Wednesday May 30, 2012
Rape – an ugly four-letter word
By LISA GOH
A 15-year-old schoolgirl who was walking along a main road was grabbed, pulled into a van and raped in May last year. The perpetrator was a sales assistant who raped the girl in his mother’s van.
Last February, a 13-year-old schoolgirl was raped at the home of a former imam, who was supposed to help her with religious studies and heal her from her bouts of hysteria.
He had told the girl that the act was part of the treatment to remove spirits that were causing her hysteria.
In another case, an 11-year-old girl was raped last June by her 45-year-old neighbour, who already has four wives, and has fathered 15 children.
He had picked her up from school, but instead of taking her home, he took her to some bushes and raped her.
Earlier this year, a 26-year-old painter was found guilty of some 11 sexual-related charges, including raping a 23-year-old kindergarten teacher, and outraging the modesty of a 13-year-old student and forcing her to perform oral sex on him.
Rape can happen anytime, anywhere and can happen to anyone, said Universiti Sains Malaysia criminologist Dr P. Sundramoorthy.
Based on his experience in studying criminology, Dr Sundramoorthy says that most perpetrators do it for instant sexual gratification.
“Many classic Western studies have different classifications on why people rape – the power, anger or authority categories. But in Malaysia, sexual gratification is definitely a major contributing factor,” he says.
He adds that in a majority of rape cases, the perpetrator is usually an acquaintance.
“It doesn’t mean that the person has to be a close buddy, but it could be someone who works in the same building, goes to the same college, or someone who lives in the same neighbourhood.
“Cases in which the rapist is a complete stranger is actually not the norm though it happens from time to time,” he explains.
In many rape cases, Dr Sundramoorthy says it’s about opportunity, as opposed to the crime being premeditated.
Often, it’s only a serial-rapist who plans and premeditates his moves on his next victim.
“In most cases, it’s really your Mr-Nice-and-Ordinary guy. Almost any guy can be a potential perpetrator. When you talk about rape, a lot of women imagine a violent and abusive scenario.
“That is the case in some situations, but rape can happen even if no one is physically harming you.
“If a man uses emotional or psychological pressure on the victim, and continues his sexual advances to get what he wants, it’s still rape.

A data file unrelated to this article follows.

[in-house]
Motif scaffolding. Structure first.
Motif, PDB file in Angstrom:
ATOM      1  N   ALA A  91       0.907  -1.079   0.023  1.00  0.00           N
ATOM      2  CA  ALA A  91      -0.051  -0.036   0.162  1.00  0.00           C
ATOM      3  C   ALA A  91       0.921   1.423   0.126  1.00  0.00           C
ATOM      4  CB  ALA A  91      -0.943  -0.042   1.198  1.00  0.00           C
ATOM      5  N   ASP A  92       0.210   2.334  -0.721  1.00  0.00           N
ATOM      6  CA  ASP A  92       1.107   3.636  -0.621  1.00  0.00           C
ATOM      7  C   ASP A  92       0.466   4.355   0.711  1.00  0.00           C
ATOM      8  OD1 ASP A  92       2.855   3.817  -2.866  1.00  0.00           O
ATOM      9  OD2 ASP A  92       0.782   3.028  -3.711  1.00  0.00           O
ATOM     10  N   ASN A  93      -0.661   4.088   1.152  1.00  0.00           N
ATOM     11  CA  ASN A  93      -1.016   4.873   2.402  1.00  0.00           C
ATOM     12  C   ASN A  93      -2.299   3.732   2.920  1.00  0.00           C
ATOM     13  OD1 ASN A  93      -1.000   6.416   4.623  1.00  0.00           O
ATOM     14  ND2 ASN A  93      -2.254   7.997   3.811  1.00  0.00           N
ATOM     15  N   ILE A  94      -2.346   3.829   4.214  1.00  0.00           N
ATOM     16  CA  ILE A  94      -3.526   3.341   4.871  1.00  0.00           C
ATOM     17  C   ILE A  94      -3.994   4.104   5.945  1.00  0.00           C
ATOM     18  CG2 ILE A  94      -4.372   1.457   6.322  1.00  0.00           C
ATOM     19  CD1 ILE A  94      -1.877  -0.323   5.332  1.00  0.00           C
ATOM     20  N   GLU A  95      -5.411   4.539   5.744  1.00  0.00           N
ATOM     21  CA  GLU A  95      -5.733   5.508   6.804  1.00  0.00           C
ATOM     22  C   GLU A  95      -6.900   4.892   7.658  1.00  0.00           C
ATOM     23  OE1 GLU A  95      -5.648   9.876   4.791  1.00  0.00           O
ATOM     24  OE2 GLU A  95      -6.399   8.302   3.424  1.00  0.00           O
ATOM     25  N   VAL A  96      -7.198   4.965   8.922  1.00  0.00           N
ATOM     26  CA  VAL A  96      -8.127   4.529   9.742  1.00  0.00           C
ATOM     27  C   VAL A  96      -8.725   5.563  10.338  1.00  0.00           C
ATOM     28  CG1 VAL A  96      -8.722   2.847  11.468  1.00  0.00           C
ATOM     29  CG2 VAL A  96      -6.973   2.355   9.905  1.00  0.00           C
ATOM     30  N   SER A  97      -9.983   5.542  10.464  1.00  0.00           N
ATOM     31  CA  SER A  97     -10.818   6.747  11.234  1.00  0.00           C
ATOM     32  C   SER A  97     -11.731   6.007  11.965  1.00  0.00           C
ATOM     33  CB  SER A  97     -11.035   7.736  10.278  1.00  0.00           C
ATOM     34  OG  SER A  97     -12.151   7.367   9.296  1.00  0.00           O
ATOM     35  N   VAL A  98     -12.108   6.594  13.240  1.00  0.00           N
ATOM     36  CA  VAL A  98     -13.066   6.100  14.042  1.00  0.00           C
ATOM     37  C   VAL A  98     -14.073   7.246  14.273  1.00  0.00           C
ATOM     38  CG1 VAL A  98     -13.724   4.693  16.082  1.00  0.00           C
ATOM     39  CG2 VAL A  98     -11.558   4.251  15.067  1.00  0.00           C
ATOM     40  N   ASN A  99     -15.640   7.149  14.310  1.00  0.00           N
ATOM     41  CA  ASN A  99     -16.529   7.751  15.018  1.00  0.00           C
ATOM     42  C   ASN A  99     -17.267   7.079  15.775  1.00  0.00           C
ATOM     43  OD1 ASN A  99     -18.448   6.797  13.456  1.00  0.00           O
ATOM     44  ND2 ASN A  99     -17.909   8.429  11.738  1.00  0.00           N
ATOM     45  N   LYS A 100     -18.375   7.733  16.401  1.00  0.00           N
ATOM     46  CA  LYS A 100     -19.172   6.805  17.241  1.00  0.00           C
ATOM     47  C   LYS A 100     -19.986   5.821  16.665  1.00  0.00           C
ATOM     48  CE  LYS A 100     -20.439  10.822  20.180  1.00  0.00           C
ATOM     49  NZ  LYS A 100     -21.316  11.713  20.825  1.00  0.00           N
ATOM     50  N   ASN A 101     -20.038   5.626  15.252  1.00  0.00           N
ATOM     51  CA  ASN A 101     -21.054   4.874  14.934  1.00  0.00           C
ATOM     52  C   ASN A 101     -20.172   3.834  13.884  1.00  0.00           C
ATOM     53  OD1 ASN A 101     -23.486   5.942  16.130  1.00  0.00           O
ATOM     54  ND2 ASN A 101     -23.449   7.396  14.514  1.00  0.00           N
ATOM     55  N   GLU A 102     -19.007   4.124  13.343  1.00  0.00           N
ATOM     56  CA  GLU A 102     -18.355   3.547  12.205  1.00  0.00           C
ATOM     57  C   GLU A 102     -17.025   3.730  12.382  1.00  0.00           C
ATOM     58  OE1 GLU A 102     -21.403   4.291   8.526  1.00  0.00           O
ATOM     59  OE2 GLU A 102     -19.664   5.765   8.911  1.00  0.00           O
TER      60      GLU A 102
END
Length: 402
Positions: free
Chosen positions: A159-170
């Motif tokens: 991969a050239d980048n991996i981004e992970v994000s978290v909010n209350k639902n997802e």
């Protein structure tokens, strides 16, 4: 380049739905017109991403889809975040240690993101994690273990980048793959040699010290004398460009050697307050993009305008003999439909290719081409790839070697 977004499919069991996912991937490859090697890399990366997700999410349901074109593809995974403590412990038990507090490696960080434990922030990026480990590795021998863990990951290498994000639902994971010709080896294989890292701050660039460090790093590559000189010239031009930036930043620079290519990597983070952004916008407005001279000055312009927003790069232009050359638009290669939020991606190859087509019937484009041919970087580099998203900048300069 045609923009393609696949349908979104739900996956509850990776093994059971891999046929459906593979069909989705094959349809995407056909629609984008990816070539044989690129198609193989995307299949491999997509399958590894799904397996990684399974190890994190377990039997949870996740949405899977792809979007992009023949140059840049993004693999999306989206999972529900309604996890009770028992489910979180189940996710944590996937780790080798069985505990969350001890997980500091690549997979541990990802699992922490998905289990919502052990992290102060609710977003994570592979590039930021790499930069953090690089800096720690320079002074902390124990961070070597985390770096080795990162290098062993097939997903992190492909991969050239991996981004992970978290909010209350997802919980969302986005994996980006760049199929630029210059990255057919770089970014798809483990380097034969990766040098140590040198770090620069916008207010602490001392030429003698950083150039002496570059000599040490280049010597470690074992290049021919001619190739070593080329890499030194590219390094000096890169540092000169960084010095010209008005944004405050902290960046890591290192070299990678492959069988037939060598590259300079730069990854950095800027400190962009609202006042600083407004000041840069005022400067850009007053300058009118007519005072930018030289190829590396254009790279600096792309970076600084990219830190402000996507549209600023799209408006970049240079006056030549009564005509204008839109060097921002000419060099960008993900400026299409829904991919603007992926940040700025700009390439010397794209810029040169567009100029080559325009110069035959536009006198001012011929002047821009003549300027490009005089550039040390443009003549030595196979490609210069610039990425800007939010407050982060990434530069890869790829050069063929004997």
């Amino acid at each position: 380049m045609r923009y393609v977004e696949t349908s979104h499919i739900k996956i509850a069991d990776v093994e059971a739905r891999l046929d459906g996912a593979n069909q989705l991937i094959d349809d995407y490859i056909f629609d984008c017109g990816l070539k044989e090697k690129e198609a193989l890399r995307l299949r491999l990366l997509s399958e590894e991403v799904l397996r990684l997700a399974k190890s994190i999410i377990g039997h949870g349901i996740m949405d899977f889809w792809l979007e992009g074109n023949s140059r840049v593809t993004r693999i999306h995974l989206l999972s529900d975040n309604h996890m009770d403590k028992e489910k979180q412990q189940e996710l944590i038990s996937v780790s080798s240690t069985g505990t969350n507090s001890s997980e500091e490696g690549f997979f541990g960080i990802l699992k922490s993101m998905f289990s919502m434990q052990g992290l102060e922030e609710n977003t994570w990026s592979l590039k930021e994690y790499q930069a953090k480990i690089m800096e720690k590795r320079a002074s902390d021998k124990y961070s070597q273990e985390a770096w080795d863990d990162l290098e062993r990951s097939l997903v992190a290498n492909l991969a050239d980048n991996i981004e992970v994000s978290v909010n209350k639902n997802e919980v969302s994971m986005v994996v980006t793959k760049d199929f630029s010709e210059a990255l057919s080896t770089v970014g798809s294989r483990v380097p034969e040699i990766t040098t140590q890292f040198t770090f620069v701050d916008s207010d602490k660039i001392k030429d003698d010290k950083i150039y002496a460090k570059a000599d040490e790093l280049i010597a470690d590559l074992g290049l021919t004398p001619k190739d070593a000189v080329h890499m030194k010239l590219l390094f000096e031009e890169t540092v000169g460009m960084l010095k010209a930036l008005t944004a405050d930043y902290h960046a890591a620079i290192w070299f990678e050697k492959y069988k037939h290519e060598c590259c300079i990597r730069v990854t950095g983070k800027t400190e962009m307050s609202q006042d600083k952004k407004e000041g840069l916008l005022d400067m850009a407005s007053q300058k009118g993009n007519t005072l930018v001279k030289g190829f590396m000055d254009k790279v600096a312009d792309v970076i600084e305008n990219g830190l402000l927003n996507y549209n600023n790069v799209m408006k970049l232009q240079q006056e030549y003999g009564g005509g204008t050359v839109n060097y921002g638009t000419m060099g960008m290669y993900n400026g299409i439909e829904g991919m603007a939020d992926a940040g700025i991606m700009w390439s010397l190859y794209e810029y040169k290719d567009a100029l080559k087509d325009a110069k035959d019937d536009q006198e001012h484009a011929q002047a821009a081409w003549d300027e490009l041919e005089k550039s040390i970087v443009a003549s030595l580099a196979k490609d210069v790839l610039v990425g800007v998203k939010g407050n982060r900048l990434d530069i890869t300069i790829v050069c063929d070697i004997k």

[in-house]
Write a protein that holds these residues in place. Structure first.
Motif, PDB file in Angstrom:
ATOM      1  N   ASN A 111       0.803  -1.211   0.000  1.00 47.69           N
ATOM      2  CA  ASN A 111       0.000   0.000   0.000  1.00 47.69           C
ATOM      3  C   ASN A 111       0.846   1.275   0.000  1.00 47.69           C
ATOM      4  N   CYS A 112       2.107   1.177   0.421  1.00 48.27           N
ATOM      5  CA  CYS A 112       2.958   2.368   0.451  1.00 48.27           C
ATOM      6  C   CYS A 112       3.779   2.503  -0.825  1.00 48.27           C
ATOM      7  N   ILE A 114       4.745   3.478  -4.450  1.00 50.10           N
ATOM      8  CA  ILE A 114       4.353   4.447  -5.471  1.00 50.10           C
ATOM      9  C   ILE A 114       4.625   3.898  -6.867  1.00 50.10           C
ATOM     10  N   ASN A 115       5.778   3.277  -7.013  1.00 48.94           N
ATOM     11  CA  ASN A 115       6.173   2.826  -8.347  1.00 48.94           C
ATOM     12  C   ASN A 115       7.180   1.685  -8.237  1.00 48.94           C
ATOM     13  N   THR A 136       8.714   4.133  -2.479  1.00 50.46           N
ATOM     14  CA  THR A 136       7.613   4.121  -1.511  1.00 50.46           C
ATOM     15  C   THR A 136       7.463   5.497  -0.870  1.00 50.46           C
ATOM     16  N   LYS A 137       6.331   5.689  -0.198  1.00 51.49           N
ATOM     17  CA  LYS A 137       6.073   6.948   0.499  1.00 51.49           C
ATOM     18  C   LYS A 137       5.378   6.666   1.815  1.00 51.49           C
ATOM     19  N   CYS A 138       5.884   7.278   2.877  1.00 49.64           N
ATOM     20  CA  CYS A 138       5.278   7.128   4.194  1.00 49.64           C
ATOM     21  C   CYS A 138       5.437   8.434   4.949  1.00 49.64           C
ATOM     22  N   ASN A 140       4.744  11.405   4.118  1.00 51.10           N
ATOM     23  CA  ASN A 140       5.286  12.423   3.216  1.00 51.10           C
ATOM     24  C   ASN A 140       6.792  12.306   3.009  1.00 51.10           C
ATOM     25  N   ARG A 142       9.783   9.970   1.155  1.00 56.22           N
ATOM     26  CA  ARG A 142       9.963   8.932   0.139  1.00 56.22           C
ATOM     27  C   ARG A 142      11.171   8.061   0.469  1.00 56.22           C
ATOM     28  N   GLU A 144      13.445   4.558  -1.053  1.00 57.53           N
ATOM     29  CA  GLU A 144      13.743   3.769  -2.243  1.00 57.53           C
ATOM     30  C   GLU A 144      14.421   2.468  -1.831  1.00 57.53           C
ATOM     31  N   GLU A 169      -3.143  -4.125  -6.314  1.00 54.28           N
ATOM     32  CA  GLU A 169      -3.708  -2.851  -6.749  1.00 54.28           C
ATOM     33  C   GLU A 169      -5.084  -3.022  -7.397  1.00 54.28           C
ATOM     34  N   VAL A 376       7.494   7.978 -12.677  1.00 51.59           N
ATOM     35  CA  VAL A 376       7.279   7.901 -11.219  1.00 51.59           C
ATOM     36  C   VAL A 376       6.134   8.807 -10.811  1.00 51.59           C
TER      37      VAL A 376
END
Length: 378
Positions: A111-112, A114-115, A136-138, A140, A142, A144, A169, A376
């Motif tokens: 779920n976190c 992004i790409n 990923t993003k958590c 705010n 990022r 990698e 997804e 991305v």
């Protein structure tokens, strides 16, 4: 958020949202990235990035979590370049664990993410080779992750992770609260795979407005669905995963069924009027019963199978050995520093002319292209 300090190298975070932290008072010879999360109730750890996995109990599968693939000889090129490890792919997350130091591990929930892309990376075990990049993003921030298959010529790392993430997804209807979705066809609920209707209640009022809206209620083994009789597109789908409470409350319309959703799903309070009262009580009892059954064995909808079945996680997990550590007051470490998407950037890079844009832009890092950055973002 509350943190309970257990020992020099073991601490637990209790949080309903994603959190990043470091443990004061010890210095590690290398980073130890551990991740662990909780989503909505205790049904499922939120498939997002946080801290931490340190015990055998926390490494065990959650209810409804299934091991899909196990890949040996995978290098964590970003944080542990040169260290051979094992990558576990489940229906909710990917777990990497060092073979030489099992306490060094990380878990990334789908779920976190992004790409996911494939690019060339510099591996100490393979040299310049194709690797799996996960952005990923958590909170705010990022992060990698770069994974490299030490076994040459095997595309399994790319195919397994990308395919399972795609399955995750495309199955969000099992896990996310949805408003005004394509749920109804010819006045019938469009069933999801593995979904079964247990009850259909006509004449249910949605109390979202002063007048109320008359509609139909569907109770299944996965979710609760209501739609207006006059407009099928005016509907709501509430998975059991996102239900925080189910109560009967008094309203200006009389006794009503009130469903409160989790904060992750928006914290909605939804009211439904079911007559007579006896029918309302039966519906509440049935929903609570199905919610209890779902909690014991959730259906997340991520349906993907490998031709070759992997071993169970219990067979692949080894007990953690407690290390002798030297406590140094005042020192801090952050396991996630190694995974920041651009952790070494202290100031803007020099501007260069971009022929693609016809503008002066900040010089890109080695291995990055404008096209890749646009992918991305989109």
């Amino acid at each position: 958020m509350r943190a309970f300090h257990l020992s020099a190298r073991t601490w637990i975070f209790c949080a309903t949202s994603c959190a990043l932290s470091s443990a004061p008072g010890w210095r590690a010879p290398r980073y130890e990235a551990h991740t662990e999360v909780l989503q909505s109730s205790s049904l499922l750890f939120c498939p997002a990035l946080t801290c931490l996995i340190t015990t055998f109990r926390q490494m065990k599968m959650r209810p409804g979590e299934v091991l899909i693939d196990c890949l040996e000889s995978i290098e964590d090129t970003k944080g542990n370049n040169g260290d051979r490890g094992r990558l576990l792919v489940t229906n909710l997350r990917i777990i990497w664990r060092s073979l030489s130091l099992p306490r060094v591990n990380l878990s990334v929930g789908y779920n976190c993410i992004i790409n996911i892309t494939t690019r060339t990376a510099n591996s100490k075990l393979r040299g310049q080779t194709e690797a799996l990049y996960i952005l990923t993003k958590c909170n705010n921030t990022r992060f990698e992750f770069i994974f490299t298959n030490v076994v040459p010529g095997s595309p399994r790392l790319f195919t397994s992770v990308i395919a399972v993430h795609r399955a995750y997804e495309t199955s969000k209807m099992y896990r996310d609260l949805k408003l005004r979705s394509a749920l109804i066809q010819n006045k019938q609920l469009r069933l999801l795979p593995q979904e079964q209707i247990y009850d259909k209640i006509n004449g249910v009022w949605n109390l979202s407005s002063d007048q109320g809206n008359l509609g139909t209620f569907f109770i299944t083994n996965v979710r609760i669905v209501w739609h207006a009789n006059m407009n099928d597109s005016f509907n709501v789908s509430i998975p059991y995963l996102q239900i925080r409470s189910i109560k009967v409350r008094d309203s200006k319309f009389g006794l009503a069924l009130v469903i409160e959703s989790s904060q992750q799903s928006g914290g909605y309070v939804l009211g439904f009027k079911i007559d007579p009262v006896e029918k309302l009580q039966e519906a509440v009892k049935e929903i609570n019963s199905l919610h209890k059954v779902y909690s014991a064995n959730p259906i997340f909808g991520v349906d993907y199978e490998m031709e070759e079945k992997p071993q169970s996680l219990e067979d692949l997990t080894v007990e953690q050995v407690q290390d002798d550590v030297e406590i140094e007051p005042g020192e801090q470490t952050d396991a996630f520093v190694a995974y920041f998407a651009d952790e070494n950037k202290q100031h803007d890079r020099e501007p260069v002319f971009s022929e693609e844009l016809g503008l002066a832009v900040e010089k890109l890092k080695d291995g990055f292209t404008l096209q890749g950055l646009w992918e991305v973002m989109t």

“The bottomline is, if a woman says ‘no’, it’s a ‘no’. This is what many men fail to understand,” he elaborates.
According to Bukit Aman, there were 3,382 rape cases reported in 2010 nationwide, and 3,026 rape cases reported last year.
However, Dr Sundramoorthy says these figures may not be an accurate representation of all the cases that have happened in the country.
He estimates that for every reported case, there are easily five to 10 unreported cases, and he urges rape victims to file their police reports.
“If you don’t, chances are, the perpetrator will just move on to their next victim. I’m sure you would not want someone else to go through what you’ve gone through.”
Contrary to popular belief, he says that most rape cases do not happen in “dark alleys or old warehouses” – it happens in homes.
Why is that so?
“It’s about being vulnerable at any point in time. Most people will only let their guard down in places where they feel most secure. Women should never let their guard down until an appropriate relationship has been established that is based sufficiently on trust. They should always be aware of the company they’re with.
“Applying common sense plays a significant role when judging one’s personality,” he says.
Vulnerability, he adds, increases when mood-modifying substances – such as drugs or alcohol – is involved.
When these substances are involved, he says, inhibitions are removed.
For men, it could mean doing things that they would normally never dream of doing, while for women, it’s increasing one’s vulnerability.
“Please don’t get me wrong. That’s not to say that women who drink are asking for it. That is definitely not what I mean,” he says.
Then, on to the age-old question - does a woman’s attire matter when it comes to rape?
“Utter rubbish! Look at the statistics – victims come in all shapes, sizes, age, creed and ethnicity. From babies, who are just a few months old, to women who are in their 80s, and disabled people, there are rape victims from all these groups.
“To say that a woman’s attire is what causes her to be raped is absolutely a misconception and a myth! For me, it’s especially sad when professionals and policy makers, who are supposed to be intelligent, hold on to this misconception.”
What needs to be done, he says, is for people to be educated.
Perhaps, even courses on human behaviour, and what constitutes criminal conduct, should be introduced in schools.
“In cases of statutory rape, for instance, it’s not always an older man taking advantage of a young, minor girl. Very often, the boy and the girl are of the same age group. When an 18-year-old boy has sex with his 16-year-old girlfriend, do you think he’s aware that he’s committing statutory rape? Most of the time, they don’t know,” he says.
As for young children, it’s the parents’ responsibility to take all precautionary measures when deciding who to leave their child with.
“Parents have the right to demand to know who the workers or staff at a nursery or day care centre are. You should demand to find out.
“Also, don’t simply leave your child with a neighbour because, sometimes, you really don’t know who these people are. Sometimes, even in a family scenario, there are cases of incest.
“It’s sad, but that’s how society has come to be,” says Dr Sundramoorthy.
Family support vital for rape survivors